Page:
Fasting involves refraining for a time from the satisfaction of human needs, especially the needs for food and drink, as an expression of interior penance. This spiritual practice is a proven means of decreasing our selfishness while increasing our dependence upon God’s fatherly provision.
The only days on which Catholic adults (until the age of 60) are required to fast are Ash Wednesday and Good Friday. The Church defines this as one meal a day, and two smaller meals, which, if added together, would not exceed the main meal in quantity. Snacks and meat are also prohibited on those days.
However, penance is an integral part of the Christian life, and fasting is a traditional, biblically based penitential practice strongly encouraged by the Church (see Catechism, no. 1434). Further, all Catholics fast for at least one hour before receiving Our Lord, the “Bread of Life,” in Holy Communion.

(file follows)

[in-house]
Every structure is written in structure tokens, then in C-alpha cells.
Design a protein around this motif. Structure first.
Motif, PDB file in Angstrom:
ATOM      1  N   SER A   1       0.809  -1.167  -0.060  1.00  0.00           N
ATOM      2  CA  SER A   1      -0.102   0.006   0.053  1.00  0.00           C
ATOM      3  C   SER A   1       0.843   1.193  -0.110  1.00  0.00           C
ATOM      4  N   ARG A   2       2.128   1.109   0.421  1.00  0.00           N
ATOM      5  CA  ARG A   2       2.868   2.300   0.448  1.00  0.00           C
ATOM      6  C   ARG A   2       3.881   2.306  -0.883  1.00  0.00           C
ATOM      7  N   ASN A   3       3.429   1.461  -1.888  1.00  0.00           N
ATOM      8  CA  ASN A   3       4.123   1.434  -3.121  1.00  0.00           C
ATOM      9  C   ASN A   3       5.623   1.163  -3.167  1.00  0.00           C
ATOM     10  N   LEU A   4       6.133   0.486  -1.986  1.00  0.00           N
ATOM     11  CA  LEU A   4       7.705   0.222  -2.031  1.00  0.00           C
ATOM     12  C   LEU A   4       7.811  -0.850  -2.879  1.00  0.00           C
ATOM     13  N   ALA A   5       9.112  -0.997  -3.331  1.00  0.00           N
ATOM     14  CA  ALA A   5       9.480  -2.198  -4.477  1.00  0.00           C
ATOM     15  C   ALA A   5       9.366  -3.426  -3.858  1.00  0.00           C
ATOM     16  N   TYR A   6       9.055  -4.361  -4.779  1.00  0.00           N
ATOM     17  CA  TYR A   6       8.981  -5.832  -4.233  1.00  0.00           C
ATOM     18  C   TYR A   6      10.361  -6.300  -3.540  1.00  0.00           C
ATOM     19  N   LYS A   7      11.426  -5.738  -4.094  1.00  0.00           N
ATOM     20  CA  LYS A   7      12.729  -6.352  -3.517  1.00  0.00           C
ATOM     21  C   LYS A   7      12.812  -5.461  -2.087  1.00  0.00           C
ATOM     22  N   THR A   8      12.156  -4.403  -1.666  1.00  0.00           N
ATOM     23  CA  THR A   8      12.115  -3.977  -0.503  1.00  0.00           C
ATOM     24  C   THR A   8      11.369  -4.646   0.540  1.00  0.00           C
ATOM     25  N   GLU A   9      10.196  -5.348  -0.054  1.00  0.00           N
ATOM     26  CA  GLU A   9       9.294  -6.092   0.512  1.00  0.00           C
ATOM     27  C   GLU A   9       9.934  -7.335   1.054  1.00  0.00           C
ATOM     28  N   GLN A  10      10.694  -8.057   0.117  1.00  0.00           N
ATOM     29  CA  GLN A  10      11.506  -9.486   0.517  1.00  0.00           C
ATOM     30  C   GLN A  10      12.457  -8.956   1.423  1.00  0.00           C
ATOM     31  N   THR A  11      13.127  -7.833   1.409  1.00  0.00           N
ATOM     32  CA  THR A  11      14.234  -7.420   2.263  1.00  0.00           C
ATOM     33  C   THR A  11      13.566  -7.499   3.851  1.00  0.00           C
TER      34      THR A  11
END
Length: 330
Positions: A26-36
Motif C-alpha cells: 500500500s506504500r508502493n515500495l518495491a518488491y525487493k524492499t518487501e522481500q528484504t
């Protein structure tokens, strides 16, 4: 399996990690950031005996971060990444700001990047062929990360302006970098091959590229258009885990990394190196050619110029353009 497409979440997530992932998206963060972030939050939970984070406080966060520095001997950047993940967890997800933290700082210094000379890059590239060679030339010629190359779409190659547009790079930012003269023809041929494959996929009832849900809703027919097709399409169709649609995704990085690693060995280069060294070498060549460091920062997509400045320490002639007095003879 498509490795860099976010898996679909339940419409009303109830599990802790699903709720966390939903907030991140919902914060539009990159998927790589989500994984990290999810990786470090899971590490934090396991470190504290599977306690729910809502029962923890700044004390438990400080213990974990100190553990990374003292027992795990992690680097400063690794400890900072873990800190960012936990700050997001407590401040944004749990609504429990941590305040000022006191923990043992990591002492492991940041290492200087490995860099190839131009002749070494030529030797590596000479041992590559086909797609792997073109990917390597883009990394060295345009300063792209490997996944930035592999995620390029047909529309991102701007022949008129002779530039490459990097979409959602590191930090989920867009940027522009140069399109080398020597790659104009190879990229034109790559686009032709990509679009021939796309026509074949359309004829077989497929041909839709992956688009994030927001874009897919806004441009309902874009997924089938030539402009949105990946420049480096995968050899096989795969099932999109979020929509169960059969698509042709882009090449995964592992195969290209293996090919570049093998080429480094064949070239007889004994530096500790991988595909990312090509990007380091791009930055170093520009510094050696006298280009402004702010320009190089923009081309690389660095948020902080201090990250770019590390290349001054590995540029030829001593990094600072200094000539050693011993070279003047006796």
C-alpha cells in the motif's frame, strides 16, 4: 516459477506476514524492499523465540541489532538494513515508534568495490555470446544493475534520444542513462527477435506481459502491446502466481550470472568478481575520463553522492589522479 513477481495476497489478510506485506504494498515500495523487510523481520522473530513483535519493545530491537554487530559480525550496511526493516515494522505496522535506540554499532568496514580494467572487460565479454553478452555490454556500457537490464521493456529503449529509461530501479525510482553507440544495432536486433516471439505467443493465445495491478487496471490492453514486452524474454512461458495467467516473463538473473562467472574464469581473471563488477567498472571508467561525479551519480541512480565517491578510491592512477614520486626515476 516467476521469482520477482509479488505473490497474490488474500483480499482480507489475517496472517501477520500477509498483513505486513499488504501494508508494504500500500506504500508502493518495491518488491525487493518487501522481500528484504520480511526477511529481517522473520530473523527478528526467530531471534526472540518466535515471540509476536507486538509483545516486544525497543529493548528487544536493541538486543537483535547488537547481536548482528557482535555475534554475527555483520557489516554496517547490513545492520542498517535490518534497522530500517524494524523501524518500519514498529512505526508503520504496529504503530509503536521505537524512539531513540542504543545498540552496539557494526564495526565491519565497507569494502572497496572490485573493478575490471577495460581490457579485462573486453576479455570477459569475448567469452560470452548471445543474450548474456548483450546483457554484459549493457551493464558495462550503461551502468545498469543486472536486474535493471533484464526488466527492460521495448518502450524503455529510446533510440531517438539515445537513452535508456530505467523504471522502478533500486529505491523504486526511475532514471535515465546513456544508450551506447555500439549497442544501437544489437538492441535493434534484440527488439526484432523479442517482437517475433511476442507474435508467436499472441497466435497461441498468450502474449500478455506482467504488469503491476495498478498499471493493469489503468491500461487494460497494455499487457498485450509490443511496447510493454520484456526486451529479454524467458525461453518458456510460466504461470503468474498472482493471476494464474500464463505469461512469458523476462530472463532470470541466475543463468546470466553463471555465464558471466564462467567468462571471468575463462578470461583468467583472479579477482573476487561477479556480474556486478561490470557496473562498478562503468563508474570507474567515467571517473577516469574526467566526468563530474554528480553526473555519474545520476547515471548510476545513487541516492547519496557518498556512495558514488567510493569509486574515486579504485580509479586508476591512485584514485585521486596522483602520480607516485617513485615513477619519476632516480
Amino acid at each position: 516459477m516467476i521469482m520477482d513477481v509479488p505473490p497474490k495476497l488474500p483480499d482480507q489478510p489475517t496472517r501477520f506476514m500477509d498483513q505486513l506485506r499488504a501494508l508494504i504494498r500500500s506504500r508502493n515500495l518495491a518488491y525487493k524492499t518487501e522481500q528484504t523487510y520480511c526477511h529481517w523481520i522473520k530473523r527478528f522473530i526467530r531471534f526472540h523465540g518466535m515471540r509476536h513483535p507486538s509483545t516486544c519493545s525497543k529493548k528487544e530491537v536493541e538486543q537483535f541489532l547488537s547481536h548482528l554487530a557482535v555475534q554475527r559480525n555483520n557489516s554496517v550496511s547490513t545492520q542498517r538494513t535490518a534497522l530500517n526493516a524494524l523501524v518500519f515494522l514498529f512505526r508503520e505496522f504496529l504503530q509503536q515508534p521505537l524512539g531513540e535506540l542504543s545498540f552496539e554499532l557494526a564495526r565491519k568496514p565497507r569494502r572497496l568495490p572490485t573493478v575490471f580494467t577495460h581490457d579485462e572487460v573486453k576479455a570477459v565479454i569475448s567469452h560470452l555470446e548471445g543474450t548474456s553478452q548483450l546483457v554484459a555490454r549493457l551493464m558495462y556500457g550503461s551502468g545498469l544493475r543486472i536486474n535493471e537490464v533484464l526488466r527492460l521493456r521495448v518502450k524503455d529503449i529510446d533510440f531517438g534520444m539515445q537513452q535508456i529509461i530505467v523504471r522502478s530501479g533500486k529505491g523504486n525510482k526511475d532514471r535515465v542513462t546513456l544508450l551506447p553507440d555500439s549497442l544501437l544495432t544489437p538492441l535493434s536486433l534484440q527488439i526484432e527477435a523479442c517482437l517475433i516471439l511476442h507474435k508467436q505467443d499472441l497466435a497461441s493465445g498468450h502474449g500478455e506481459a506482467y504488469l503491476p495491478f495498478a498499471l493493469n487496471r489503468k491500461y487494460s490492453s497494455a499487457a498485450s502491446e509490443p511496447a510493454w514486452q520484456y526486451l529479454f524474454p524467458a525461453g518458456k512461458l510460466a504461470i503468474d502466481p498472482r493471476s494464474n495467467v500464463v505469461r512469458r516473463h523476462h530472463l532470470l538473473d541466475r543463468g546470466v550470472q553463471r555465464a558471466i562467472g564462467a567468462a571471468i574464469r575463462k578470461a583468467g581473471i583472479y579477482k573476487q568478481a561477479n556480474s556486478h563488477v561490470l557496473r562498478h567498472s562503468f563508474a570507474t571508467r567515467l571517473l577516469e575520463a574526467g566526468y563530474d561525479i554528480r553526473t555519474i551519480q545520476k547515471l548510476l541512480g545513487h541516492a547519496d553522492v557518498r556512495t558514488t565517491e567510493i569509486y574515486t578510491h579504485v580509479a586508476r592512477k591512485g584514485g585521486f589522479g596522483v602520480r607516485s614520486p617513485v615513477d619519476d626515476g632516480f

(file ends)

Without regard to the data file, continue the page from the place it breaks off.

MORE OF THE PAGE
Catholics in the United States are required to abstain from eating meat not only on Ash Wednesday and Good Friday, but also on all other Fridays during Lent. This explains all the Lenten “Soup and Stations Nights,” fish fries, and cheese enchilada sales!
May these and other Lenten observances of our own choosing bring home to us the Gospel truth that we do not live on bread alone, but on every word that comes from the mouth of God (Mt. 4:4).